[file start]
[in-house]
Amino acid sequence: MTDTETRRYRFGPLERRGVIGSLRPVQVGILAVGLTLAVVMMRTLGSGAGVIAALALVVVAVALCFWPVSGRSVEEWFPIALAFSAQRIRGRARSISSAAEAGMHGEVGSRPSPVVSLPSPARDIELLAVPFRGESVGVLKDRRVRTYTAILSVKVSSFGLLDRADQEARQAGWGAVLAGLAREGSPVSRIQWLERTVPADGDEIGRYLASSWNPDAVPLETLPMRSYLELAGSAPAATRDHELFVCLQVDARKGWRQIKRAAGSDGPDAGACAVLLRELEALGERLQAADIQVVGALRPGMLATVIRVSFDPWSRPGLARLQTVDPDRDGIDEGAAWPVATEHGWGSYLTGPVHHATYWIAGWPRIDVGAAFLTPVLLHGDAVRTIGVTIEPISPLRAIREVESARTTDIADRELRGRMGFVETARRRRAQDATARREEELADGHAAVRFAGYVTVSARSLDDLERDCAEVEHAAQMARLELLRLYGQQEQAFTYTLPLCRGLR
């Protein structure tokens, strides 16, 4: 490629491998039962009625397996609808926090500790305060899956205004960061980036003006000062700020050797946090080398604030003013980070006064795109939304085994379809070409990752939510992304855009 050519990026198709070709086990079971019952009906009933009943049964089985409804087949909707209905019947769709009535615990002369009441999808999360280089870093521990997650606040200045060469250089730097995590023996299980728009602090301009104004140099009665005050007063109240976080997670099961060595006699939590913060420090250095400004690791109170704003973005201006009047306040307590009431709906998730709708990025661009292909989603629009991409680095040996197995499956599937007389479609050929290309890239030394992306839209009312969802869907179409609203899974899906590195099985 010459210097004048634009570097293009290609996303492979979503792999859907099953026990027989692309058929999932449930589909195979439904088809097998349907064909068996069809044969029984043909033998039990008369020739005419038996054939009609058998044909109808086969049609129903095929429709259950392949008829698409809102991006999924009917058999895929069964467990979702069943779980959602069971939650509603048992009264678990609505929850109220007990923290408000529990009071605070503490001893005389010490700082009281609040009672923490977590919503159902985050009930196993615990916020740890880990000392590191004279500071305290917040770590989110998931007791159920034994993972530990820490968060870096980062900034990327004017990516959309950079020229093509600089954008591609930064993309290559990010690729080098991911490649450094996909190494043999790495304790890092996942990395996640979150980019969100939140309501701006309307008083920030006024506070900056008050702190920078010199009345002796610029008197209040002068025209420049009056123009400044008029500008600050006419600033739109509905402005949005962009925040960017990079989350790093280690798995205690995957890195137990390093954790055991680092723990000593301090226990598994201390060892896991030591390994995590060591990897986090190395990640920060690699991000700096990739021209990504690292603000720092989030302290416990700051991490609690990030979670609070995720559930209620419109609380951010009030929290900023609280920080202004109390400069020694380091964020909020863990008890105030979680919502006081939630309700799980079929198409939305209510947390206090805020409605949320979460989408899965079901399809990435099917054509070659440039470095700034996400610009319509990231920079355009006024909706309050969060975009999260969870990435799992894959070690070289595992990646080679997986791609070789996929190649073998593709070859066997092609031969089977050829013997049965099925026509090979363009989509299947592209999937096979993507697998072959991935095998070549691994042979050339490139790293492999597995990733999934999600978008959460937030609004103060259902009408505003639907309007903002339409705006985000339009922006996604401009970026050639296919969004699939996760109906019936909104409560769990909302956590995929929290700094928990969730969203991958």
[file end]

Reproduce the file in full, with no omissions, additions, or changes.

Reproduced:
[in-house]
Amino acid sequence: MTDTETRRYRFGPLERRGVIGSLRPVQVGILAVGLTLAVVMMRTLGSGAGVIAALALVVVAVALCFWPVSGRSVEEWFPIALAFSAQRIRGRARSISSAAEAGMHGEVGSRPSPVVSLPSPARDIELLAVPFRGESVGVLKDRRVRTYTAILSVKVSSFGLLDRADQEARQAGWGAVLAGLAREGSPVSRIQWLERTVPADGDEIGRYLASSWNPDAVPLETLPMRSYLELAGSAPAATRDHELFVCLQVDARKGWRQIKRAAGSDGPDAGACAVLLRELEALGERLQAADIQVVGALRPGMLATVIRVSFDPWSRPGLARLQTVDPDRDGIDEGAAWPVATEHGWGSYLTGPVHHATYWIAGWPRIDVGAAFLTPVLLHGDAVRTIGVTIEPISPLRAIREVESARTTDIADRELRGRMGFVETARRRRAQDATARREEELADGHAAVRFAGYVTVSARSLDDLERDCAEVEHAAQMARLELLRLYGQQEQAFTYTLPLCRGLR
């Protein structure tokens, strides 16, 4: 490629491998039962009625397996609808926090500790305060899956205004960061980036003006000062700020050797946090080398604030003013980070006064795109939304085994379809070409990752939510992304855009 050519990026198709070709086990079971019952009906009933009943049964089985409804087949909707209905019947769709009535615990002369009441999808999360280089870093521990997650606040200045060469250089730097995590023996299980728009602090301009104004140099009665005050007063109240976080997670099961060595006699939590913060420090250095400004690791109170704003973005201006009047306040307590009431709906998730709708990025661009292909989603629009991409680095040996197995499956599937007389479609050929290309890239030394992306839209009312969802869907179409609203899974899906590195099985 010459210097004048634009570097293009290609996303492979979503792999859907099953026990027989692309058929999932449930589909195979439904088809097998349907064909068996069809044969029984043909033998039990008369020739005419038996054939009609058998044909109808086969049609129903095929429709259950392949008829698409809102991006999924009917058999895929069964467990979702069943779980959602069971939650509603048992009264678990609505929850109220007990923290408000529990009071605070503490001893005389010490700082009281609040009672923490977590919503159902985050009930196993615990916020740890880990000392590191004279500071305290917040770590989110998931007791159920034994993972530990820490968060870096980062900034990327004017990516959309950079020229093509600089954008591609930064993309290559990010690729080098991911490649450094996909190494043999790495304790890092996942990395996640979150980019969100939140309501701006309307008083920030006024506070900056008050702190920078010199009345002796610029008197209040002068025209420049009056123009400044008029500008600050006419600033739109509905402005949005962009925040960017990079989350790093280690798995205690995957890195137990390093954790055991680092723990000593301090226990598994201390060892896991030591390994995590060591990897986090190395990640920060690699991000700096990739021209990504690292603000720092989030302290416990700051991490609690990030979670609070995720559930209620419109609380951010009030929290900023609280920080202004109390400069020694380091964020909020863990008890105030979680919502006081939630309700799980079929198409939305209510947390206090805020409605949320979460989408899965079901399809990435099917054509070659440039470095700034996400610009319509990231920079355009006024909706309050969060975009999260969870990435799992894959070690070289595992990646080679997986791609070789996929190649073998593709070859066997092609031969089977050829013997049965099925026509090979363009989509299947592209999937096979993507697998072959991935095998070549691994042979050339490139790293492999597995990733999934999600978008959460937030609004103060259902009408505003639907309007903002339409705006985000339009922006996604401009970026050639296919969004699939996760109906019936909104409560769990909302956590995929929290700094928990969730969203991958």